It's also likely to be expensive, as much as $300 million, he said.

"If they prove this does stabilize Alzheimer's disease, they will have done a wonderful thing," Thies said. "If not, they will have spent a lot of money."

Piero Antuono, an Alzheimer's specialist at the Medical College of Wisconsin, said the earlier trial results, although involving only a small number of patients, seem to show a significant benefit.

The current line of Alzheimer's drugs affects levels of certain neurotransmitters, chemicals made in brain cells that can facilitate memory. And those drugs have only a modest effect.

"Hormones are a totally different class of drugs than we've seen before," said Antuono, a professor of neurology.

At the same time, Voyager is looking into the treatment of other diseases, including prostate cancer, brain cancer, amyotrophic lateral sclerosis (Lou Gehrig's disease) and disorders that occur in infants who are born prematurely, according to a document filed Sept. 9 with the Securities and Exchange Commission.

For Atwood, an assistant professor of medicine at the University of Wisconsin, the Alzheimer's trials represent the culmination of several years of work developing a controversial - some say revolutionary - theory of why people age.

He has lectured on the theory but made few converts. Atwood and Bowen, who also serves as chairman and chief scientific officer of Voyager Pharmaceutical, which is based in Raleigh, N.C., have sent manuscripts to prominent scientific journals such as Nature and Science, only to have them rejected.

Even the University of Wisconsin, which recruited Atwood and where he has worked for two years, has yet to promote his work, although Atwood's laboratory program at the university and the VA Hospital in Madison has about 10 people who work on various aspects of the theory.

"We've become very frustrated," said Atwood, who owns stock in Voyager and is a company consultant. "We thought people would sit up and notice."

However, with the FDA's approval of the Phase 3 Alzheimer's trials, they now are getting the attention of researchers.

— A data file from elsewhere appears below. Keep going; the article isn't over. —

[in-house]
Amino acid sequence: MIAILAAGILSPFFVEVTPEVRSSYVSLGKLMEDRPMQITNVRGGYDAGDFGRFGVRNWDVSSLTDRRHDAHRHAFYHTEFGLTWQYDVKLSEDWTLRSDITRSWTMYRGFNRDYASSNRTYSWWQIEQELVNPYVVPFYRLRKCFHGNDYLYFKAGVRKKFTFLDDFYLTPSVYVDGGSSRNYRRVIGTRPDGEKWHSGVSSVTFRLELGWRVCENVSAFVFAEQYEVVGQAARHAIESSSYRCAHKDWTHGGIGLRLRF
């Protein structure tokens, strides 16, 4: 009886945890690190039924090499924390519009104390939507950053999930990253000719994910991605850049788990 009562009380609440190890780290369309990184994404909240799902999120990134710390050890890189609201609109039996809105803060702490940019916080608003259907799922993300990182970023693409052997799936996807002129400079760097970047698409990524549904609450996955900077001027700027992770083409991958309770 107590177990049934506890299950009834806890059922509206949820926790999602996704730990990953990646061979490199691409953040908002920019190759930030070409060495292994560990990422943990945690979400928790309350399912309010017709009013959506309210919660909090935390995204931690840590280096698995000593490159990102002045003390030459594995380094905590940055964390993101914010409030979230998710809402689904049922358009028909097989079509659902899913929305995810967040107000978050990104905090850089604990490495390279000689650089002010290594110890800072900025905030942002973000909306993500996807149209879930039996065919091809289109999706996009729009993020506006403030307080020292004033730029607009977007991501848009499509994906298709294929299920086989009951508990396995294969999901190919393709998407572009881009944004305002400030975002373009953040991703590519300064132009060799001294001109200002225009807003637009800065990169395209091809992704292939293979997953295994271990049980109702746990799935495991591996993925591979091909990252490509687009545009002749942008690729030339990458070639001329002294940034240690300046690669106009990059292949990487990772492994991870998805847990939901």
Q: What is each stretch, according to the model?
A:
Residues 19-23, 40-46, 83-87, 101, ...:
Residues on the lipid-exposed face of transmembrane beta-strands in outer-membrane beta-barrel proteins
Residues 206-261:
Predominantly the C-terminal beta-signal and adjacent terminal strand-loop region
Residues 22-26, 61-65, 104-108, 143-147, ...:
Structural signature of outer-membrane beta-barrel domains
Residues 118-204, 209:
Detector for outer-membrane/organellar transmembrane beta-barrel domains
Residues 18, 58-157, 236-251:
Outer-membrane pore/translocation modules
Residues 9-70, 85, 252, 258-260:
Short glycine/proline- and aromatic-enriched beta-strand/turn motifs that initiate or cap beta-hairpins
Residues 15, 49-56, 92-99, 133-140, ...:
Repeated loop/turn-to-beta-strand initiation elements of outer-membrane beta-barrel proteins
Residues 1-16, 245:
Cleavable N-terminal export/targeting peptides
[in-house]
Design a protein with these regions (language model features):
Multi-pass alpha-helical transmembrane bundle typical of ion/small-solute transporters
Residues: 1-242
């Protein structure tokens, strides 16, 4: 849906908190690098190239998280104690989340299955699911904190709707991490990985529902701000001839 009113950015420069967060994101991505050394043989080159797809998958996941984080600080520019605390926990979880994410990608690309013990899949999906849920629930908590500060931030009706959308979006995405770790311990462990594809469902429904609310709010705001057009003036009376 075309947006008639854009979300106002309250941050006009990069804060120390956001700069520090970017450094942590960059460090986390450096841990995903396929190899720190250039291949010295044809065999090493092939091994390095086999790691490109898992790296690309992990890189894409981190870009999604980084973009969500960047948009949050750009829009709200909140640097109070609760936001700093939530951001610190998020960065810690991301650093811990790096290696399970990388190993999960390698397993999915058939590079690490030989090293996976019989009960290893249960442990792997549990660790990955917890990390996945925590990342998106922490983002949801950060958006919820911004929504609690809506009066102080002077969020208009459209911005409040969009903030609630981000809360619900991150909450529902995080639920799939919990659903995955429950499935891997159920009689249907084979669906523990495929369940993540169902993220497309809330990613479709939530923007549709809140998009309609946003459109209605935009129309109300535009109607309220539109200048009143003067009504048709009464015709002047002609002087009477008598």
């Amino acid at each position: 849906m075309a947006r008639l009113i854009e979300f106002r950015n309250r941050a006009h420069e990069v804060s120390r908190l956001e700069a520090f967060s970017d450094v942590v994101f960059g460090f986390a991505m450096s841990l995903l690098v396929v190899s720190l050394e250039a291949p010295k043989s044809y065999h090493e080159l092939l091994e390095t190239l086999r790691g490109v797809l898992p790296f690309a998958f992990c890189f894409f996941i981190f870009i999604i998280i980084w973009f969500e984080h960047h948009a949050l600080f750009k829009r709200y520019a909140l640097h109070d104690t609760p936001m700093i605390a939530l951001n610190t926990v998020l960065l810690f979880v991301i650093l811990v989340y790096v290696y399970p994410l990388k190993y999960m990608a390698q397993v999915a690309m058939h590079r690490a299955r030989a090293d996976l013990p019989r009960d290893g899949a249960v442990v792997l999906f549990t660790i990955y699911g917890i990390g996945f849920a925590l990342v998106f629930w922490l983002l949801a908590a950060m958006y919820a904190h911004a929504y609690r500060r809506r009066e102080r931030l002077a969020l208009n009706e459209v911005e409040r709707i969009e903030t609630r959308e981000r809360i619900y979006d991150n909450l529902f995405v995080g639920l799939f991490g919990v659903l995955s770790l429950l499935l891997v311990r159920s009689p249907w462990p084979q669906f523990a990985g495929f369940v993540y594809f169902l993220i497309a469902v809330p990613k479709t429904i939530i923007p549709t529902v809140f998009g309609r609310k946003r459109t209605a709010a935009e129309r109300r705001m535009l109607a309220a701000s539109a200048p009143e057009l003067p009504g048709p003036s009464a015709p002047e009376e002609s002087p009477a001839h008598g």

Atwood said Bowen stumbled upon the idea several years ago when a prostate cancer patient who also had Alzheimer's saw his Alzheimer's symptoms become stabilized after he started taking the drug leuprolide acetate, which has been used for more than 20 years to treat conditions such as prostate cancer, endometriosis and precocious puberty.

For Alzheimer's, their theory works something like this:

Adult brain cells generally do not divide and replicate. However, when those cells continually are stimulated to divide by certain sex hormones, it can result in damage to those cells, leading to Alzheimer's disease.

The main culprit, according to Atwood and Voyager Pharmaceutical, is luteinizing hormone, a substance made in the pituitary gland that helps regulate production of testosterone and estrogen. Research suggests that levels of luteinizing hormone go up significantly later in life.

In addition to stimulating brain cells to abnormally divide, luteinizing hormone might promote the process that leads to production of beta-amyloid in the brain. Leuprolide acetate dramatically lowers levels of luteinizing hormone. The drug also brings down testosterone and estrogen.

In its earlier clinical trials, Voyager used an injectable form of leuprolide acetate. Since then it has developed an implantable form of the drug, called Memryte, that provides sustained, long-term release of the drug.

The Phase 3 clinical trials will use Memryte along with some existing drugs that provide modest benefits in treating the symptoms, but not the cause, of Alzheimer's.

One trial with as many as 550 patients will take place in the United States, Canada and South America. The other trial also will enroll 550 patients and will take place mainly in Europe. The University of Wisconsin, which took part in the Phase 2 trial, could be a site for the next phase as well.